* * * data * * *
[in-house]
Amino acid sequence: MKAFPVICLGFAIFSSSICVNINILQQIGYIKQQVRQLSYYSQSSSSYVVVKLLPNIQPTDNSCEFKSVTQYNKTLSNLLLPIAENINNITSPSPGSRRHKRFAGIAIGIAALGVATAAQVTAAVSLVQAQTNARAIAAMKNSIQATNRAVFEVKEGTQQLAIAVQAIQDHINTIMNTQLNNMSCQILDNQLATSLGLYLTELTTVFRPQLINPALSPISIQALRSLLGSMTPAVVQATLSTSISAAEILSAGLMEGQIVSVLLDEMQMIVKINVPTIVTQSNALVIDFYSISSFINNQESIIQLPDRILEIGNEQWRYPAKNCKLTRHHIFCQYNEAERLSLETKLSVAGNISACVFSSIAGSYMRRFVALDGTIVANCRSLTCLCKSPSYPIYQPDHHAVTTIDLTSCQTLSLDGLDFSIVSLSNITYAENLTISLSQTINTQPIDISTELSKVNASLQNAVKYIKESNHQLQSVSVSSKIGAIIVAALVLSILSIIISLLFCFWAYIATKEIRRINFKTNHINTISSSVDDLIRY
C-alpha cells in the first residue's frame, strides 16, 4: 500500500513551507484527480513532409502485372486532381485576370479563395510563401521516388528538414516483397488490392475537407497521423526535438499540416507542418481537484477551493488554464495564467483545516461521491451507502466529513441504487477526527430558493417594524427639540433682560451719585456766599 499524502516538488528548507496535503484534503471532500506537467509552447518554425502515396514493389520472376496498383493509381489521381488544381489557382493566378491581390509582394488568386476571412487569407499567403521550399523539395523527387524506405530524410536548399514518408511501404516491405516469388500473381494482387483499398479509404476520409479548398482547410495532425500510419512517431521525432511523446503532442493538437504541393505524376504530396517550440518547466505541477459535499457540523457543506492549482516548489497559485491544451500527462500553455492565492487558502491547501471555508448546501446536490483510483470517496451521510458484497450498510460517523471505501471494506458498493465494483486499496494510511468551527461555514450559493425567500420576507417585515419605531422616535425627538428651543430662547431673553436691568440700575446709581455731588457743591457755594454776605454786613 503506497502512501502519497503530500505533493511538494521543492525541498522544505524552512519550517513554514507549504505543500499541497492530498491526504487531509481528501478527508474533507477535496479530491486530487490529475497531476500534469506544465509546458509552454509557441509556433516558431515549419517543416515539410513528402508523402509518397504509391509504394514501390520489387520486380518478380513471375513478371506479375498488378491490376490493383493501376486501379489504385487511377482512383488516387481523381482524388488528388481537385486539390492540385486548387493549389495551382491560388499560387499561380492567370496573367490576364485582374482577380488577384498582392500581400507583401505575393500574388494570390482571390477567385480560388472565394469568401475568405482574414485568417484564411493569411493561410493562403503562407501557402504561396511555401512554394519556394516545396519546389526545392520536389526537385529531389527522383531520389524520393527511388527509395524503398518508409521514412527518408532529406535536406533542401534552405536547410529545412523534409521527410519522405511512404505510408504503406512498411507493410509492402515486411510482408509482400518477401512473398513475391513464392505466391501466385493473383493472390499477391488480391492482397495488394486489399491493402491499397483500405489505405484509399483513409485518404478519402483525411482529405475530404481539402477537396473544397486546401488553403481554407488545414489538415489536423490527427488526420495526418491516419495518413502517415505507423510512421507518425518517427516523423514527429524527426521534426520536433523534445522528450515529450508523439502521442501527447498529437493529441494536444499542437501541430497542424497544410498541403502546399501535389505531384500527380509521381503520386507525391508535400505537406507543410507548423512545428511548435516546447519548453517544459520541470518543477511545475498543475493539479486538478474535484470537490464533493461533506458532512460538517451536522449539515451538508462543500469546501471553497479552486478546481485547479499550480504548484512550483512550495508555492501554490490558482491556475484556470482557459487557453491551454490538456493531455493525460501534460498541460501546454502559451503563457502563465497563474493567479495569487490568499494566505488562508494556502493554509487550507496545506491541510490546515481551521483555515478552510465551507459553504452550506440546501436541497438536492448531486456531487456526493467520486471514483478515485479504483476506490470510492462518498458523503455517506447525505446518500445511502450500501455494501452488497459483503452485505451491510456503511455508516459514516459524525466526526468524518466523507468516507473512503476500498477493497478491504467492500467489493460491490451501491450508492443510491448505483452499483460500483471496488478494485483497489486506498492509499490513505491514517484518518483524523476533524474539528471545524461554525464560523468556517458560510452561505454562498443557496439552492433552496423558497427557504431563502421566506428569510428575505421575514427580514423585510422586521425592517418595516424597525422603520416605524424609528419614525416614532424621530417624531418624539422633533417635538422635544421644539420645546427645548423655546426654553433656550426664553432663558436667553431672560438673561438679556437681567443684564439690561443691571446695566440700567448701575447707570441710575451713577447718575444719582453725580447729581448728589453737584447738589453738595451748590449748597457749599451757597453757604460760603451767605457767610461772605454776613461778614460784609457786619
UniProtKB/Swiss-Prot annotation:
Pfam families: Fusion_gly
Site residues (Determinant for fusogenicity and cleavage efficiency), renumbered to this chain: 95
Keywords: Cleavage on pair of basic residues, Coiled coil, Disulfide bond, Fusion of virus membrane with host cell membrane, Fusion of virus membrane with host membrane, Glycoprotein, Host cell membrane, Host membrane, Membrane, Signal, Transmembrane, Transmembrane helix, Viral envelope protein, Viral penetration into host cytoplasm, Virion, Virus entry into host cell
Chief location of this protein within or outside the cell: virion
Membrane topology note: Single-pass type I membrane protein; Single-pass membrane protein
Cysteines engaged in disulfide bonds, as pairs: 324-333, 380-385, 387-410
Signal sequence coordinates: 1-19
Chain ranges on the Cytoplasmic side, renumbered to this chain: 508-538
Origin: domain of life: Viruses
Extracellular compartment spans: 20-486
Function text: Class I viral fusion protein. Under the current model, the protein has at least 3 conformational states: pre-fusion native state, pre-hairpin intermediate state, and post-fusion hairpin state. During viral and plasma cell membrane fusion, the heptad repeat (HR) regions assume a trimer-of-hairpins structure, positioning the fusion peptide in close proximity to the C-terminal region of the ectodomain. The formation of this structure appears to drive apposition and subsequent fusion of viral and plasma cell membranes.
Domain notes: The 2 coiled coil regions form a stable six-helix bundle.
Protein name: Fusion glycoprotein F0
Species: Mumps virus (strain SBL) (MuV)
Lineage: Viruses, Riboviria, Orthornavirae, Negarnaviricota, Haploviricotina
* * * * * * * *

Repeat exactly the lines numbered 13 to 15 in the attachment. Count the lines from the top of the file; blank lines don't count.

Origin: domain of life: Viruses
Extracellular compartment spans: 20-486
Function text: Class I viral fusion protein. Under the current model, the protein has at least 3 conformational states: pre-fusion native state, pre-hairpin intermediate state, and post-fusion hairpin state. During viral and plasma cell membrane fusion, the heptad repeat (HR) regions assume a trimer-of-hairpins structure, positioning the fusion peptide in close proximity to the C-terminal region of the ectodomain. The formation of this structure appears to drive apposition and subsequent fusion of viral and plasma cell membranes.